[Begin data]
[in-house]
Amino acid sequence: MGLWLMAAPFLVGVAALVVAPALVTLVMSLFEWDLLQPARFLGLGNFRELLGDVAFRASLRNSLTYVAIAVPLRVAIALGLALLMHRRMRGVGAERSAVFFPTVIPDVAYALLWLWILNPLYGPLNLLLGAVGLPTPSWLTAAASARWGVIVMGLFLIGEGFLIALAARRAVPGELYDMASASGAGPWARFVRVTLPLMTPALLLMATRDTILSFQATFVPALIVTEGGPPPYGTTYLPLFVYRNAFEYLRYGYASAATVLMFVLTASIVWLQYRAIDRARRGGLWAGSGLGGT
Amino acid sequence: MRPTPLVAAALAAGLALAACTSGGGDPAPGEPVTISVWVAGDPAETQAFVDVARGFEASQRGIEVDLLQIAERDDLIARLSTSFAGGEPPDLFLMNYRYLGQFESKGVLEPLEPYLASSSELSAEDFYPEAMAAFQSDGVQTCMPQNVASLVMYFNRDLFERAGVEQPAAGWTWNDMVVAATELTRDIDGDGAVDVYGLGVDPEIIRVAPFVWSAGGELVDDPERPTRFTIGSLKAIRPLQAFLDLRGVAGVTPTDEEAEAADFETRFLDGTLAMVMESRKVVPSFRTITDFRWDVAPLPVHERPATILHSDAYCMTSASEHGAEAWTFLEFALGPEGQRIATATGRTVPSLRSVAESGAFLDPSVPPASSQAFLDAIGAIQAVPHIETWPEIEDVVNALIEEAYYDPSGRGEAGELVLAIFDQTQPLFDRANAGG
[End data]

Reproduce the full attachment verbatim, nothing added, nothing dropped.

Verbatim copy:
[in-house]
Amino acid sequence: MGLWLMAAPFLVGVAALVVAPALVTLVMSLFEWDLLQPARFLGLGNFRELLGDVAFRASLRNSLTYVAIAVPLRVAIALGLALLMHRRMRGVGAERSAVFFPTVIPDVAYALLWLWILNPLYGPLNLLLGAVGLPTPSWLTAAASARWGVIVMGLFLIGEGFLIALAARRAVPGELYDMASASGAGPWARFVRVTLPLMTPALLLMATRDTILSFQATFVPALIVTEGGPPPYGTTYLPLFVYRNAFEYLRYGYASAATVLMFVLTASIVWLQYRAIDRARRGGLWAGSGLGGT
Amino acid sequence: MRPTPLVAAALAAGLALAACTSGGGDPAPGEPVTISVWVAGDPAETQAFVDVARGFEASQRGIEVDLLQIAERDDLIARLSTSFAGGEPPDLFLMNYRYLGQFESKGVLEPLEPYLASSSELSAEDFYPEAMAAFQSDGVQTCMPQNVASLVMYFNRDLFERAGVEQPAAGWTWNDMVVAATELTRDIDGDGAVDVYGLGVDPEIIRVAPFVWSAGGELVDDPERPTRFTIGSLKAIRPLQAFLDLRGVAGVTPTDEEAEAADFETRFLDGTLAMVMESRKVVPSFRTITDFRWDVAPLPVHERPATILHSDAYCMTSASEHGAEAWTFLEFALGPEGQRIATATGRTVPSLRSVAESGAFLDPSVPPASSQAFLDAIGAIQAVPHIETWPEIEDVVNALIEEAYYDPSGRGEAGELVLAIFDQTQPLFDRANAGG